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Duties and Responsibilities of Employers,Insurance Carriers and Self-Insured Employers


Iowa employees are covered by the Iowa workers’ compensation law under most employment relationships.  85.1, .2, .3 & .18 IA Code.  Correspondingly, most employers are required by law to purchase workers’ compensation liability insurance.  87.1 & .14A IA Code.  A procedure exists that permits employers to apply to the Insurance Commissioner to become certified to self-insured rather than purchase insurance.  87.11 IA Code.

Criminal and civil penalties can be imposed on employers who violate the mandatory insurance law.  Employers who operate without insurance illegally lose the exclusive remedy protection of the workers’ compensation law and are liable to the employee for the full measure of damages available under tort law if an injured employee sues the employer in court.  87.14A & .21. IA Code.

Sole proprietors, partners in a partnership, and members of a limited liability company have a status other than of an employee and are not covered by Iowa workers’ compensation law.  They may, however, elect to be covered by purchasing insurance that expressly covers them.  Persons who are bona fide independent contractors are not employees.  However, a contract that designates a person to be an independent contractor does not make the person an independent contractor if the person functions as an employee.  85.18 IA Code.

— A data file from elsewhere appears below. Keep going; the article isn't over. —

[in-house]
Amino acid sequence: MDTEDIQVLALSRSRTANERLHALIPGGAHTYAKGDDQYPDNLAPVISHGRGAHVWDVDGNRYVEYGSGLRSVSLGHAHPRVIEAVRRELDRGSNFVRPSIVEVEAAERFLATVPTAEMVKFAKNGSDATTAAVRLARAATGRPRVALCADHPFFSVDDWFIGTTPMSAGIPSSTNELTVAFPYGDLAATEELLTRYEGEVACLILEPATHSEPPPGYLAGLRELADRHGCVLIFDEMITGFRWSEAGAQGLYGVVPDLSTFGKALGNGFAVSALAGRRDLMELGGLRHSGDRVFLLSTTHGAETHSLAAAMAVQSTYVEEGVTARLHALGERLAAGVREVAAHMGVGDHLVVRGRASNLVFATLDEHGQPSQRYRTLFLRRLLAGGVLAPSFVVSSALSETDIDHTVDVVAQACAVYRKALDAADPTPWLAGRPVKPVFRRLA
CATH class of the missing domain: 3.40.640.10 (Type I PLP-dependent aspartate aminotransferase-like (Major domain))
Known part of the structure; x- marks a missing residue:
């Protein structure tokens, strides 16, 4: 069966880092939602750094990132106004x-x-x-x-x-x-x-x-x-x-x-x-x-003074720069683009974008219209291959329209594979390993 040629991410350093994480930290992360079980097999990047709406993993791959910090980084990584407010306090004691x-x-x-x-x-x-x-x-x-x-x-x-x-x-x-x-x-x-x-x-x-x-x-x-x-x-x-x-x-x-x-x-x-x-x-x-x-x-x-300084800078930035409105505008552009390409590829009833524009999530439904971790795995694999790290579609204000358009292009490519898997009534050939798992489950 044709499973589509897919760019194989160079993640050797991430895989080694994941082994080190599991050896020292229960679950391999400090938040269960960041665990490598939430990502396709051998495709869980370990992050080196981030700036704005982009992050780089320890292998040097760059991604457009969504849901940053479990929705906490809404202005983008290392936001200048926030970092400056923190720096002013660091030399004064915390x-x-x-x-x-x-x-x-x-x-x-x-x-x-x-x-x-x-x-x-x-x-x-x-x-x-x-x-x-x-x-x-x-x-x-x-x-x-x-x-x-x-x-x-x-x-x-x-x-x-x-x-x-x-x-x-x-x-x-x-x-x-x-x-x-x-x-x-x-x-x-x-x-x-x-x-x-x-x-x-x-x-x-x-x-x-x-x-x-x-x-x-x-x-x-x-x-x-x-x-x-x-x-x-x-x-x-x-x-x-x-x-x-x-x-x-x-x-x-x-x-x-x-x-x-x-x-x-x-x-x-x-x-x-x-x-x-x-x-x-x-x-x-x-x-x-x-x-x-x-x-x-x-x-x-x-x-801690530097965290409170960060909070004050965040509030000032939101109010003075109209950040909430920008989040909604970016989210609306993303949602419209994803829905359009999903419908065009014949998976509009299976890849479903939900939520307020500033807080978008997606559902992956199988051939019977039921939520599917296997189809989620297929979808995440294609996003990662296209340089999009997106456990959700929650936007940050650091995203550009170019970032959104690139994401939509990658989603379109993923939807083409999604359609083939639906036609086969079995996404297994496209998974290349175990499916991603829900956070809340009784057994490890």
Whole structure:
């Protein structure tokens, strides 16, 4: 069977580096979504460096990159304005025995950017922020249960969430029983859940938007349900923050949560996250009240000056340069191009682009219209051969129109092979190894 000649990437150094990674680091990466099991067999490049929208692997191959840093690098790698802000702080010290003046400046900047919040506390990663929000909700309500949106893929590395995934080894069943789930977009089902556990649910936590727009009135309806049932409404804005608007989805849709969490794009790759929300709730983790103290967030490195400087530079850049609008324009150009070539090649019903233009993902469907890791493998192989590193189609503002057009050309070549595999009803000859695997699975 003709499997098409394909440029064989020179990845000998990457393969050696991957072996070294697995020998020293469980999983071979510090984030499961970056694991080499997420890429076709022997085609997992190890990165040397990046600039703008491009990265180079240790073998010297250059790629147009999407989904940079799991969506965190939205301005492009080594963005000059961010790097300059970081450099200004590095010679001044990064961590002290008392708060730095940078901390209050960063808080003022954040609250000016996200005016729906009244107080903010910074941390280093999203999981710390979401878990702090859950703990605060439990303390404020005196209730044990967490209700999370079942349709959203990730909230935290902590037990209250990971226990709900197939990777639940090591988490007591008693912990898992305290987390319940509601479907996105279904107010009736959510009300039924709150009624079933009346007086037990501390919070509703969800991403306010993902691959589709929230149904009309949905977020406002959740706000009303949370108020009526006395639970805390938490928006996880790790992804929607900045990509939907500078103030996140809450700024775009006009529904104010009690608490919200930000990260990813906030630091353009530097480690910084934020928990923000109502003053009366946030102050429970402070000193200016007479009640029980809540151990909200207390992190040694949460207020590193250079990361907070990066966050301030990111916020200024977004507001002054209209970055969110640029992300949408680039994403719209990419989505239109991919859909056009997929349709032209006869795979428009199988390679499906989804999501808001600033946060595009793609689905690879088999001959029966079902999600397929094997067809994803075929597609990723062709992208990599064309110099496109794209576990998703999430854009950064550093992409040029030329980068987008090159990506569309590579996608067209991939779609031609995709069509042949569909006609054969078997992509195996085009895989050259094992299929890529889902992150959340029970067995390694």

Iowa law contains a number of exemptions that make specified employees and their employers exempt from workers’ compensation coverage.  85.1 IA Code.  The exemptions are complex and this guide does not purport to reliably describe the exemptions.  Persons eligible to receive compensation under federal law are exempt.  In general, limited exemptions exist for persons employed in agriculture or by a relative.  Limited exemptions exist when the employment is casual and is not performed for purposes of the employer’s trade or business or if the employee’s services are performed in or about the employer’s dwelling.  Some of the exemptions apply only if the employee’s earnings from the employer are less than $1,500 annually.  Employers may elect to cover some classes of exempt employees by purchasing an insurance policy the specifically includes those employees.  Specific guidance on exemptions and electing coverage can be obtained from a Workers' Compensation Compliance Administrator.


All workers’ compensation insurance carriers and self-insurers are required to have a designated representative located in Iowa.  The representative must have knowledge of Iowa workers' compensation law and authority to expedite claims.  DWC shall be advised of the name, address, and phone number of the representative and notified of any changes within ten days.  Rule 876 IAC 2.3, Reporting Compliance Handbook (Handbook) p. 10.  The purpose of the rule is to promote having claims properly adjusted to assist in implementation of public policy to avoid litigation and the accompanying expense, provide benefits to injured workers at the time when the benefits are due, and afford an efficient and speedy method of resolving disputes.